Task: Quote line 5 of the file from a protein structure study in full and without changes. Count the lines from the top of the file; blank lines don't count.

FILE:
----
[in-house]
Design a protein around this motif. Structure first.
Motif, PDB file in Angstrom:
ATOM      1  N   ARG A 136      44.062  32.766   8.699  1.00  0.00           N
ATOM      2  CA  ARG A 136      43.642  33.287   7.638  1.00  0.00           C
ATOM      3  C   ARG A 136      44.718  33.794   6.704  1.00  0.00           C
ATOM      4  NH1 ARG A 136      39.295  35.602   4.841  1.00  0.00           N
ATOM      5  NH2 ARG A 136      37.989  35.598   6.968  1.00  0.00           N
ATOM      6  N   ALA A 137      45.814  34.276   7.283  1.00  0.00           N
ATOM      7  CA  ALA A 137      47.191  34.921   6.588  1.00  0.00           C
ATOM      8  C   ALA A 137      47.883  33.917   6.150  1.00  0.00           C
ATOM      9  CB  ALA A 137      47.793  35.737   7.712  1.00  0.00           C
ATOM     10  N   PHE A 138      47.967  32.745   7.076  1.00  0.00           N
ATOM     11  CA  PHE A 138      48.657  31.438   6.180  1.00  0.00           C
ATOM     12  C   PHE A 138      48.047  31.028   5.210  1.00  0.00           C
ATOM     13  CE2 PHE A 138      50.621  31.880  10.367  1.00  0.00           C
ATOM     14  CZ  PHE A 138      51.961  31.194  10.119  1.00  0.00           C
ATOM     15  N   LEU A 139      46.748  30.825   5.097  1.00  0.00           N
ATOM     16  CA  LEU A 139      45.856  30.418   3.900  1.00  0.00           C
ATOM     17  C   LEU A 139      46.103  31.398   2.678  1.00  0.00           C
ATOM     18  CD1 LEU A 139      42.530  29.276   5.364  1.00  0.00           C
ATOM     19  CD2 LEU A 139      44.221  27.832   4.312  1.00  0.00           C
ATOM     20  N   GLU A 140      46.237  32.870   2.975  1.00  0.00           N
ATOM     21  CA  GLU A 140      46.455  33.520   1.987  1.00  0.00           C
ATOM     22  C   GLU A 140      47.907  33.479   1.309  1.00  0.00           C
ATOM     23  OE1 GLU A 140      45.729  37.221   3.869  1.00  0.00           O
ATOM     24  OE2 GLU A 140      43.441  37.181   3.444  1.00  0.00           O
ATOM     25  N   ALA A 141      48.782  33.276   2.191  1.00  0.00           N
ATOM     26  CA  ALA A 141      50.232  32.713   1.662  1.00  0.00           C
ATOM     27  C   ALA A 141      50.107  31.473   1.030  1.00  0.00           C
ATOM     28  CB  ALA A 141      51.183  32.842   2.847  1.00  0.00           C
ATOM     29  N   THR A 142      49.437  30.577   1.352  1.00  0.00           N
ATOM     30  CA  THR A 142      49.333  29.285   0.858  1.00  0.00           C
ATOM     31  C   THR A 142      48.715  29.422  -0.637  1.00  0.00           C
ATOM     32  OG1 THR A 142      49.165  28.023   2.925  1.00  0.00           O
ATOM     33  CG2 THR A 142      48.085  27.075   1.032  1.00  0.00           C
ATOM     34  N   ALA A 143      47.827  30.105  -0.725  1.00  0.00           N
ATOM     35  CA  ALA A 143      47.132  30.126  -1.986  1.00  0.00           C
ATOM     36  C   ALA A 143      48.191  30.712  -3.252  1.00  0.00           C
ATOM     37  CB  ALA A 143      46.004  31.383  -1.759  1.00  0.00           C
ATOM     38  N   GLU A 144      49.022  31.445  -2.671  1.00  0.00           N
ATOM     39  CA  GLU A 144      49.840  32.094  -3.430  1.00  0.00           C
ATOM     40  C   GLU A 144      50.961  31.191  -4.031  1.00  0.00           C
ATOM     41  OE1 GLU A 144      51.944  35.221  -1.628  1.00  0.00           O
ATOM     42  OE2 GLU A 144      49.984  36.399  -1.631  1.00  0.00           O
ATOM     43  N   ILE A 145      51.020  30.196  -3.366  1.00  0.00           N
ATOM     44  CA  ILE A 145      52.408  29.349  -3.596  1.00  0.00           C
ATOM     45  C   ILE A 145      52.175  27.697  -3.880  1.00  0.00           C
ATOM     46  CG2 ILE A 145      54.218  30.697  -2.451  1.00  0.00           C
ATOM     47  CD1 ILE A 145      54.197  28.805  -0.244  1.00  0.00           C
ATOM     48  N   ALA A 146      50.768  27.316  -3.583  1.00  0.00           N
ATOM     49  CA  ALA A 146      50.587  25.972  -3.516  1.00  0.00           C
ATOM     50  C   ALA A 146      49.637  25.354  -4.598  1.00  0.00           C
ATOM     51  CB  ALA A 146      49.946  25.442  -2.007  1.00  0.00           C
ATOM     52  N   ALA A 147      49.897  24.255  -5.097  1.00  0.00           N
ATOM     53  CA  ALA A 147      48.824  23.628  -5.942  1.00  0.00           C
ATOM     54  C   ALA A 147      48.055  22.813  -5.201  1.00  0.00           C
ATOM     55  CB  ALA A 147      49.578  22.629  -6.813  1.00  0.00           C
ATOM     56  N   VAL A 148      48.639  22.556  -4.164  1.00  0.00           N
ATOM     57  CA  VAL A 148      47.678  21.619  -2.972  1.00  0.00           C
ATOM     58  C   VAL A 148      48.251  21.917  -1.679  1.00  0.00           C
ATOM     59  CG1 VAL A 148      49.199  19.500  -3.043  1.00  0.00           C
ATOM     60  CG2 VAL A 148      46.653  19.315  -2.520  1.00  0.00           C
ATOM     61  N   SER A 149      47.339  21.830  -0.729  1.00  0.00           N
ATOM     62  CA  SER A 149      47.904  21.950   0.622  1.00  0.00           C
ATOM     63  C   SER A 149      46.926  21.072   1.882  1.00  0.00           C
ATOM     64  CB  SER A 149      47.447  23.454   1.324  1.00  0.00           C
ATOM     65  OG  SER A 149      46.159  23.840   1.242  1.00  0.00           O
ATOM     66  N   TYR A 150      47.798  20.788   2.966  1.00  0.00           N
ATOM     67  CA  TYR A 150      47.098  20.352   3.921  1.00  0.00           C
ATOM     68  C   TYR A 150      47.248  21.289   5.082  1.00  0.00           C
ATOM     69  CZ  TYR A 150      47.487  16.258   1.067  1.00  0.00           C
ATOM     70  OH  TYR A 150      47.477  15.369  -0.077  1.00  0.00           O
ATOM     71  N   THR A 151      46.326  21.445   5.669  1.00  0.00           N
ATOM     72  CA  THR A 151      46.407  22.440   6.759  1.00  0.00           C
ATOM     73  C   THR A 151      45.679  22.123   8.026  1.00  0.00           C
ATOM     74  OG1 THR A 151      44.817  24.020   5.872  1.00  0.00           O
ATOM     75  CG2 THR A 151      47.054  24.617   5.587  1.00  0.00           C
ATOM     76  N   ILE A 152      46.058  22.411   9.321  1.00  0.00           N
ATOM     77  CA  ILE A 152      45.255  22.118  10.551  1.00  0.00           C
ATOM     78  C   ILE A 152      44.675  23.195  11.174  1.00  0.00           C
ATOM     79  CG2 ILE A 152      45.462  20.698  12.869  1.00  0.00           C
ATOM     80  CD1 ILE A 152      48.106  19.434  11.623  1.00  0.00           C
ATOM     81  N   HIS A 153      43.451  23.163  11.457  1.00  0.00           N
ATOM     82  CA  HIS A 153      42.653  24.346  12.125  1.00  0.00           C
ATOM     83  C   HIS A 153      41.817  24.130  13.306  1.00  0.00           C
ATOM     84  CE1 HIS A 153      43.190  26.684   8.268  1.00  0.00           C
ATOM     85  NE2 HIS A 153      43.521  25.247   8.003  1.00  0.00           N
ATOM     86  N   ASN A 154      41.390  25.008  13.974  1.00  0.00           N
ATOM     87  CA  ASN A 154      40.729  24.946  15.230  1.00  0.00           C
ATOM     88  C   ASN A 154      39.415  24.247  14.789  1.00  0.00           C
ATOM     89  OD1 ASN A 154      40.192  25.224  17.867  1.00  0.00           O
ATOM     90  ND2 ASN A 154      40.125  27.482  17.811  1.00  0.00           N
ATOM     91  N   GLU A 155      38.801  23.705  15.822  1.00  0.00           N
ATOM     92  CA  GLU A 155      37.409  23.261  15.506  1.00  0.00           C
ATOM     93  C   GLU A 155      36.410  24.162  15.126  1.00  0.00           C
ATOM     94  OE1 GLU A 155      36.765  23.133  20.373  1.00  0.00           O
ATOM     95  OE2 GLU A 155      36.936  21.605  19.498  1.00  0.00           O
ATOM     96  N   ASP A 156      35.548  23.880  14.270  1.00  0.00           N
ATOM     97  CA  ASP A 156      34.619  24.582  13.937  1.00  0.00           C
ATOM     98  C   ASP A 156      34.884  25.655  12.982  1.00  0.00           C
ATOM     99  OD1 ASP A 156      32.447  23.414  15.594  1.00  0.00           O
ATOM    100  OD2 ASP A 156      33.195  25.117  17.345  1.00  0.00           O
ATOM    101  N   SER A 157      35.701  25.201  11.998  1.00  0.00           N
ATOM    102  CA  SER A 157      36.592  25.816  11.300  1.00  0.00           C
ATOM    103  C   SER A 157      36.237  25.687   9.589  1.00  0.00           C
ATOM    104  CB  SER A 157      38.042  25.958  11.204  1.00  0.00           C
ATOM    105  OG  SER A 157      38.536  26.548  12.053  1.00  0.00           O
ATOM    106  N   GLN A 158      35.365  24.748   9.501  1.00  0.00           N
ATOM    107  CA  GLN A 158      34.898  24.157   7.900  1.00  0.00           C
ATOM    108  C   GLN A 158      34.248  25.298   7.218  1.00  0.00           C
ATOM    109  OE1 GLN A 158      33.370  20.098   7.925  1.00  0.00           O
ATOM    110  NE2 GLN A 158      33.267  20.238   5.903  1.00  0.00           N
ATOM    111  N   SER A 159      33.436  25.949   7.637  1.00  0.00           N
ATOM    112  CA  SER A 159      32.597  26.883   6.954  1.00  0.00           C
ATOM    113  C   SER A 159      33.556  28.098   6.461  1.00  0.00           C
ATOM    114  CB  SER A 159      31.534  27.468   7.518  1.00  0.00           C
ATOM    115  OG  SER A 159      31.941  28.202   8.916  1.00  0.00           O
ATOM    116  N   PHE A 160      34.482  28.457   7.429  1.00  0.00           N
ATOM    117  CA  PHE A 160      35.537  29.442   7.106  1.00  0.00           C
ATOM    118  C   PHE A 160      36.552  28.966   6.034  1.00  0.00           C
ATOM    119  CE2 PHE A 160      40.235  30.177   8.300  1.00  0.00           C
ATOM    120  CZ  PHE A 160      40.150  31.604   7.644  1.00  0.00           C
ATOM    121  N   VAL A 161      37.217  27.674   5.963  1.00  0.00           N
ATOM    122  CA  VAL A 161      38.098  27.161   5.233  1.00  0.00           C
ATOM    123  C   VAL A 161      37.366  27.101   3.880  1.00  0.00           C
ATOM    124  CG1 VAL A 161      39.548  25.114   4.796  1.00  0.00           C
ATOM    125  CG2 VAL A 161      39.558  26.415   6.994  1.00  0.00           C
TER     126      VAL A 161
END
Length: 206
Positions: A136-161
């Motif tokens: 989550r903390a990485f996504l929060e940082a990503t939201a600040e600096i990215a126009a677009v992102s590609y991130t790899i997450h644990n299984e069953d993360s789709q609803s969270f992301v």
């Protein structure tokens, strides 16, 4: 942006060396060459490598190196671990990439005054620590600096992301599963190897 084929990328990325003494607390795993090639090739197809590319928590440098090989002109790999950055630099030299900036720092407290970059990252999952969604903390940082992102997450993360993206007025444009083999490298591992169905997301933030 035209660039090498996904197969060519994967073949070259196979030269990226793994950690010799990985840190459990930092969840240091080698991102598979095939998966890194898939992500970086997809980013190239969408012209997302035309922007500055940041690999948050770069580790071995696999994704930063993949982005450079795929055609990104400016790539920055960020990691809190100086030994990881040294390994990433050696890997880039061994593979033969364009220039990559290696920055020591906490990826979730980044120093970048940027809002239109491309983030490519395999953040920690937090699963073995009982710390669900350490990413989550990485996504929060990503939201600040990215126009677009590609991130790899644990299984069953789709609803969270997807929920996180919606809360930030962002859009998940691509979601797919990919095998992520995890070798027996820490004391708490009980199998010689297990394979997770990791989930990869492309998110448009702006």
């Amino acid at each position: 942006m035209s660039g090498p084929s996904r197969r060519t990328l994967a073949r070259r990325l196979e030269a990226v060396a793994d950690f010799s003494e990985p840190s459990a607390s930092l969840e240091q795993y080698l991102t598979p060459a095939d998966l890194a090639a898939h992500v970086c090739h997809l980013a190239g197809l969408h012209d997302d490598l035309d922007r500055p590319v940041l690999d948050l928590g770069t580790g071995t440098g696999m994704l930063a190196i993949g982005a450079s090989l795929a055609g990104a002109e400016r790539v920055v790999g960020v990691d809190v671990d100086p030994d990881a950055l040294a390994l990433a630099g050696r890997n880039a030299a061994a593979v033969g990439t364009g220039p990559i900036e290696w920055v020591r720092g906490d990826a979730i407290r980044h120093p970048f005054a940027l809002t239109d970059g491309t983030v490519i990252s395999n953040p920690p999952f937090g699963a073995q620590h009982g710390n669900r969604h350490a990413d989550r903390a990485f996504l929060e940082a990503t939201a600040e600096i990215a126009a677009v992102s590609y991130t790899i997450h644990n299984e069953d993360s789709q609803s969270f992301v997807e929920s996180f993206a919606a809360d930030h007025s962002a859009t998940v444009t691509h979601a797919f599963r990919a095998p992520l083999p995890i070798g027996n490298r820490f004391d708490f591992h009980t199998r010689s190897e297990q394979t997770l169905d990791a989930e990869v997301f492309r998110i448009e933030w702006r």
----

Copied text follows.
ATOM      2  CA  ARG A 136      43.642  33.287   7.638  1.00  0.00           C